Epic Systems revolves around a group of employees who sued their employers for “wage theft,” alleging that they had illegally underpaid them. Each of their individual claims is fairly small and probably not worth the cost of litigation. But taken together, their claims add up to a substantial sum, and so the employees filed a class action on behalf of themselves and others who were similarly wronged. Their employers fought their lawsuits, arguing that the Federal Arbitration Act blocked their claims because the workers had all been forced to sign contracts that waived their right to sue and instead shunted them into one-on-one arbitration. (The arbitration process strongly favors employers.) This argument, however, conflicted with a decision by the National Labor Relations Board, the independent agency tasked with implementing federal labor law. In 2012, the NLRB held that the National Labor Relations Act of 1935, or the NLRA, nullifies arbitration clauses in cases like this. Its reasoning was simple. The Federal Arbitration Act declares arbitration agreements “valid, irrevocable, and enforceable,” except “upon such grounds as exist at law.” And 10 years after Congress passed the FAA, it passed the NRLA, a signature piece of New Deal legislation that guarantees workers “the right to self-organization, to form, join, or assist labor organizations, to bargain collectively through representatives of their own choosing, and to engage in other concerted activities for the purpose of collective bargaining or other mutual aid or protection.” (Emphasis mine.)
Quite sensibly, the NLRB found that lawsuits designed to collectively enforce workplace rights qualified as “concerted activities for the purpose of … mutual aid or protection.” It thus found that the FAA must yield to the NLRA when employees file class actions to protect their interests under federal law.
Now, however, the Supreme Court has overturned that interpretation of the law. Gorsuch, the self-proclaimed textualist, rests his conclusion largely on the “structure” of the NRLA. He insists that class actions do not qualify as “concerted activities” for workers’ “mutual aid” because the NRLA does not expressly mention them. Never mind that the plain text of the statute is designed to safeguard collective rights that Congress didn’t list in 1935 but that might arise down the road. Never mind that collective action—though the courts, if necessary—is precisely the kind of activity that the NLRA was explicitly meant to fortify. To Gorsuch, “concerted activities” include only activities “closely related to organization and collective bargaining, such as picketing.” This assertion is based not in the text of the law but in the justice’s own wishful thinking.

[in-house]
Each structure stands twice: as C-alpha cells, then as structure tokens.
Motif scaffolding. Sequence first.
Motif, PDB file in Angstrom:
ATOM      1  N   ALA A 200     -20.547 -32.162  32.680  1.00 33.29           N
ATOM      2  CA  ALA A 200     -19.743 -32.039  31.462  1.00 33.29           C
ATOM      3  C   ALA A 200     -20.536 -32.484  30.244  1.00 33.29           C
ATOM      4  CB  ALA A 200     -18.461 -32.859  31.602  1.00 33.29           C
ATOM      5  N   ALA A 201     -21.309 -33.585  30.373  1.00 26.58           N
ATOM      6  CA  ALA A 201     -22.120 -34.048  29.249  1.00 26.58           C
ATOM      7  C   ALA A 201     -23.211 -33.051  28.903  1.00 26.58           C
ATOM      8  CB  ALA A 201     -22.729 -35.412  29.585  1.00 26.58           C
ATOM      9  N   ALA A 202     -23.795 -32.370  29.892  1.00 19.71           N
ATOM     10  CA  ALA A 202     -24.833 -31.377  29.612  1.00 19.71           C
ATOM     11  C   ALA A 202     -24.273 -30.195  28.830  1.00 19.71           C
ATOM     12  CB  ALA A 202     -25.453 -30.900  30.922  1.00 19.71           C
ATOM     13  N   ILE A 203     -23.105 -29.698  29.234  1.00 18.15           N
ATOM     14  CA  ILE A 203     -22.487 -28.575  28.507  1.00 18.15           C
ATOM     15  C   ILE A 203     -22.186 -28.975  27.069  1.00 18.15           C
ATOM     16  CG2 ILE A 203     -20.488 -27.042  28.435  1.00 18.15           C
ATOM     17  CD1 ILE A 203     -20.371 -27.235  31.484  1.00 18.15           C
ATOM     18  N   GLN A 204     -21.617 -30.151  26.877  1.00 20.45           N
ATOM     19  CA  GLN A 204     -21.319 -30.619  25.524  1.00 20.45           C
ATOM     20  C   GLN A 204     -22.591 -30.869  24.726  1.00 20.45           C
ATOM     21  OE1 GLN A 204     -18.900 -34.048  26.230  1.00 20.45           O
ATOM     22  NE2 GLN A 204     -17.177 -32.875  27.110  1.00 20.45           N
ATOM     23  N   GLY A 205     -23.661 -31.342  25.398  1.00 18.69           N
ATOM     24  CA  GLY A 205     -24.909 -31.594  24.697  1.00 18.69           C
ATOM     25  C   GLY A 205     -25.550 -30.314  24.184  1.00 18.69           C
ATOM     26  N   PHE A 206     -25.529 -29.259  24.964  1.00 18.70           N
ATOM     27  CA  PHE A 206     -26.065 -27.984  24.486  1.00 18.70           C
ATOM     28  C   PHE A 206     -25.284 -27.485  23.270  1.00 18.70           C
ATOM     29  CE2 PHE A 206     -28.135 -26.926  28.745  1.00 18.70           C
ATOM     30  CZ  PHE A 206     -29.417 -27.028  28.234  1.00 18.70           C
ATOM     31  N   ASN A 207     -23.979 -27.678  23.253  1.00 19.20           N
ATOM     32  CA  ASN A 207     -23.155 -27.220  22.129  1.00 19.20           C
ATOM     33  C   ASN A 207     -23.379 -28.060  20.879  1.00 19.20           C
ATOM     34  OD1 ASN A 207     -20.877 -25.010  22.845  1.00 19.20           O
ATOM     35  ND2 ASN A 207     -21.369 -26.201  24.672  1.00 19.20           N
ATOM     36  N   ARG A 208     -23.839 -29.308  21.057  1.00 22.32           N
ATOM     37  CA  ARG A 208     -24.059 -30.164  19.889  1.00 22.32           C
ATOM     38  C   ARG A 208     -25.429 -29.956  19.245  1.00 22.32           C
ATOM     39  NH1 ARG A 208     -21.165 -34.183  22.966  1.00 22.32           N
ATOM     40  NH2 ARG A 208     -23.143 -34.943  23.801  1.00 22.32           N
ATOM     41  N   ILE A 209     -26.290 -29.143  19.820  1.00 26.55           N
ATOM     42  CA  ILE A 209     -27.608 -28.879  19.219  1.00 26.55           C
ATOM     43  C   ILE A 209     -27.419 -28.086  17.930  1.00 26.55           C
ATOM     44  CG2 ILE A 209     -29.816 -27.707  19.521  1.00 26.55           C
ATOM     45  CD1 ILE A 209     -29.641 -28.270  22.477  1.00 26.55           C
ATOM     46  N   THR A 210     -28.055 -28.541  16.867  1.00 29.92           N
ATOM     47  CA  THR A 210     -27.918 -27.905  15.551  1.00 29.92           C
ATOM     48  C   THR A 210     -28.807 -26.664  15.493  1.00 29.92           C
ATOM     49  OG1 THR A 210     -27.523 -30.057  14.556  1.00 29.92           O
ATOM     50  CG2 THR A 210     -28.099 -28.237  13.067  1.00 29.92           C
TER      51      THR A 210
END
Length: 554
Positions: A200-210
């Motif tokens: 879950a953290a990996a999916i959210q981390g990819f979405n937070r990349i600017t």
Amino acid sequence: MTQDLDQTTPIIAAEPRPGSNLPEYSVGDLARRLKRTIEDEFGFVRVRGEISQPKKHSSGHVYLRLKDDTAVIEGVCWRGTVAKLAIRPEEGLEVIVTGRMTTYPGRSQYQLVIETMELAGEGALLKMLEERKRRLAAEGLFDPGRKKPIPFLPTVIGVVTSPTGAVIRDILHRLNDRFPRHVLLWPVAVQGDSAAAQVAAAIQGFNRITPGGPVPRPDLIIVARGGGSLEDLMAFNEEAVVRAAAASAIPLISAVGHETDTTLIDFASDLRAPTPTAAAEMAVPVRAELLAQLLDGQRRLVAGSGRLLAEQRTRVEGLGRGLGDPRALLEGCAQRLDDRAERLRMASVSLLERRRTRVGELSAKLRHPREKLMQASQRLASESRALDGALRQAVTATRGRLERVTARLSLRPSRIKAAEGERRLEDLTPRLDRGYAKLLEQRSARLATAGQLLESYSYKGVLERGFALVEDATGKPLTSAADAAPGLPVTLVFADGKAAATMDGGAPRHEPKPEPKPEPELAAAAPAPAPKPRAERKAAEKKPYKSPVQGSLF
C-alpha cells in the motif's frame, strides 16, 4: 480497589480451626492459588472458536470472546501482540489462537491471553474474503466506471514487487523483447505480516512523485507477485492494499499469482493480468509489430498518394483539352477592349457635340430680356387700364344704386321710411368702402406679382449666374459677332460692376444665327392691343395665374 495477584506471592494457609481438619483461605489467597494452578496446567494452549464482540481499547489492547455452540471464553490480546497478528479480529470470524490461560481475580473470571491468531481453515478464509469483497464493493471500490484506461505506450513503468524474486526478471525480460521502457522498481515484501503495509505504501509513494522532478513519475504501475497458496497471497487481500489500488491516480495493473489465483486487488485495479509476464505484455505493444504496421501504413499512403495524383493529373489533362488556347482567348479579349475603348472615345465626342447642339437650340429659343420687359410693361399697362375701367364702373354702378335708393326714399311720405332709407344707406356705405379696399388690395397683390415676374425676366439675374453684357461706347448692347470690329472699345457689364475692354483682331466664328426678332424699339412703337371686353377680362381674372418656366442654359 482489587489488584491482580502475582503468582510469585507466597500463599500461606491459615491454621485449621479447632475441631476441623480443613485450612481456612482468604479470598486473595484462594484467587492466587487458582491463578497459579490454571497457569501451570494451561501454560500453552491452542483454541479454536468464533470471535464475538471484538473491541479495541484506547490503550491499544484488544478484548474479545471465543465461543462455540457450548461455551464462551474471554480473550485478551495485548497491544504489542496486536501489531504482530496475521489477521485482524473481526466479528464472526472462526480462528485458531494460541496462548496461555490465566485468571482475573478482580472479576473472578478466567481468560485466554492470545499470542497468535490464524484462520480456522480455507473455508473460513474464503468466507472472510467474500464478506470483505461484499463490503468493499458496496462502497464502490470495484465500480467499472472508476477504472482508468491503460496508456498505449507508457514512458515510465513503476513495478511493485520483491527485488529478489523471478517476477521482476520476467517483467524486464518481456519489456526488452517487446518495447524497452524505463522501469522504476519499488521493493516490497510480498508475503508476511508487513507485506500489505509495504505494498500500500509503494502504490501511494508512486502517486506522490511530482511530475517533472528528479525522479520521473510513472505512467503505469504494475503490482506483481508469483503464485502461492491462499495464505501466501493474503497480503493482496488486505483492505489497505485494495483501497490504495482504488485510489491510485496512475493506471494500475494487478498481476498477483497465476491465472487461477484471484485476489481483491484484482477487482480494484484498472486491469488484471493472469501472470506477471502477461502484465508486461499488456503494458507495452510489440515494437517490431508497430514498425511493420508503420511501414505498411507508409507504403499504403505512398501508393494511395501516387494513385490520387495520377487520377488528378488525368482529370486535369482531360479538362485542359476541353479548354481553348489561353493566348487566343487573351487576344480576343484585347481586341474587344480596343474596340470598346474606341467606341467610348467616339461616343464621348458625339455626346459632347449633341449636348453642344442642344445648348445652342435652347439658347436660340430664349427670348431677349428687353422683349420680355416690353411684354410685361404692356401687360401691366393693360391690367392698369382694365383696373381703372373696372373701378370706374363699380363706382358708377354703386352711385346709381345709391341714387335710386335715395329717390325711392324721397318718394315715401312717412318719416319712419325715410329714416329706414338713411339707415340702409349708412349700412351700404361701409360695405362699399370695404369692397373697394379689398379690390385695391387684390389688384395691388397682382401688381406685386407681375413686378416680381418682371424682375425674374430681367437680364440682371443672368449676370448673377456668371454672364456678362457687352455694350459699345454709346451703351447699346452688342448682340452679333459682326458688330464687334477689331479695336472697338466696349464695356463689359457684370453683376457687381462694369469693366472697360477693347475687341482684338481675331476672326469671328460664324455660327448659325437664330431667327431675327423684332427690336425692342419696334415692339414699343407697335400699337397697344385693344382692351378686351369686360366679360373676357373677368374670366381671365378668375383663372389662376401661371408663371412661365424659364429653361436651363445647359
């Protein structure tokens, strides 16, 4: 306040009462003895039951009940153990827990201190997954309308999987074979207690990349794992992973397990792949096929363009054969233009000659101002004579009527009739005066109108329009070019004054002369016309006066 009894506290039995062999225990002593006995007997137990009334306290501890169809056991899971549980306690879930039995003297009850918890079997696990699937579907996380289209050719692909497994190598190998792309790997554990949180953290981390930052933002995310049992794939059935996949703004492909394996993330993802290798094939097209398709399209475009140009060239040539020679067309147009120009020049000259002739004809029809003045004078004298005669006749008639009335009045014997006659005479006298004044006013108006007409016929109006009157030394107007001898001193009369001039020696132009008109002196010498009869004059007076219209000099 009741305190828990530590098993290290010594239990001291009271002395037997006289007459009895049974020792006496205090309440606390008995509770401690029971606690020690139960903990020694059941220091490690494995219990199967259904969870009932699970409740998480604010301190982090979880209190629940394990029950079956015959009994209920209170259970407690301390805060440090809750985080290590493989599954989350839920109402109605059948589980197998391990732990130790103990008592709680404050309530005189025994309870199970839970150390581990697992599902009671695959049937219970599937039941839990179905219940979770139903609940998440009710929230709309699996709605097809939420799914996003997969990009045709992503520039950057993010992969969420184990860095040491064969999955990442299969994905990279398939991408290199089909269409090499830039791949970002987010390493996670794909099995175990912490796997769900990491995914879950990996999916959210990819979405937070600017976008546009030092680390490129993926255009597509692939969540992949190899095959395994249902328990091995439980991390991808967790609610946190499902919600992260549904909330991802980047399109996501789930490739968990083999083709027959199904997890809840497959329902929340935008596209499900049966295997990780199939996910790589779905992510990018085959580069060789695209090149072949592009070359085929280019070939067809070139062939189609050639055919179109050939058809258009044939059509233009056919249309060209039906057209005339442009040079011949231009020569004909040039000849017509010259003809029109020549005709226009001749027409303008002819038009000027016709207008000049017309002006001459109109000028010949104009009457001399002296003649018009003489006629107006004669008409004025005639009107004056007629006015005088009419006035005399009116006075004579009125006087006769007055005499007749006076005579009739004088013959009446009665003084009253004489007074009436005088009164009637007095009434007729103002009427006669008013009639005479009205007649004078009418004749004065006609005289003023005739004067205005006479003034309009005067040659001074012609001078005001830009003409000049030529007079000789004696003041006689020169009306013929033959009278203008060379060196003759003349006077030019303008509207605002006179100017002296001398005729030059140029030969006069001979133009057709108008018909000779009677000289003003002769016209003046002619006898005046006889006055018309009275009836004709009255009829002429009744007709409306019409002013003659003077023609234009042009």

In one of the most furious dissents of her career, Justice Ruth Bader Ginsburg tore into the majority for insisting that it was not “substitut[ing] its preferred economic policies for those chosen by the people’s representatives.” She accused Gorsuch of returning the Supreme Court to the Lochner era, when the justices routinely struck down workers’ rights under a dubious theory of economic liberty. The “edict that employees with wage and hours claims may seek relief only one-by-one,” she wrote, “does not come from Congress.” Instead, it is “the result of take-it-or-leave-it labor contracts harking back to the type called ‘yellow dog,’ and of the readiness of this Court to enforce those unbargained-for agreements. The FAA demands no such suppression of the right of workers to take concerted action for their ‘mutual aid or protection.’ ” Gorsuch’s opinion in Epic System will have an immediate impact on workers. It effectively legalizes low-level wage theft; Juno Turner, a partner at the workers’ rights firm Outten & Golden, told me that it “gives a free pass for companies to break the law,” because “employers can now cheat workers with little risk that employees will enforce their rights.” The decision was predictable—the Supreme Court’s conservatives have already eviscerated the right of consumers to file class actions—but it is still nothing less than catastrophic for workers across the country.
There is one glimmer of hope in the aftermath of Epic Systems: The decision will prove to be deeply unpopular, particularly among Democrats. Earlier this year, the progressive group Demand Justice polled likely Democratic voters in 11 states, including swing states like Michigan and North Carolina. It found that 68 percent of respondents believe the Supreme Court is more favorable to the rights of businesses than the rights of workers.
By any objective standard, that conclusion is surely correct. And Democrats’ overwhelming belief that SCOTUS is biased toward business interests raises the possibility that Democratic politicians may prioritize fixing the court’s errors in cases like Epic Systems. If the party retakes Congress, it could easily amend the FAA to undo SCOTUS’s damage and clarify that businesses cannot thwart class actions through mandatory arbitration agreements. Until that happens, though, the Supreme Court’s conservatives will continue to read the FAA’s penumbras and emanations to quash employees’ access to justice.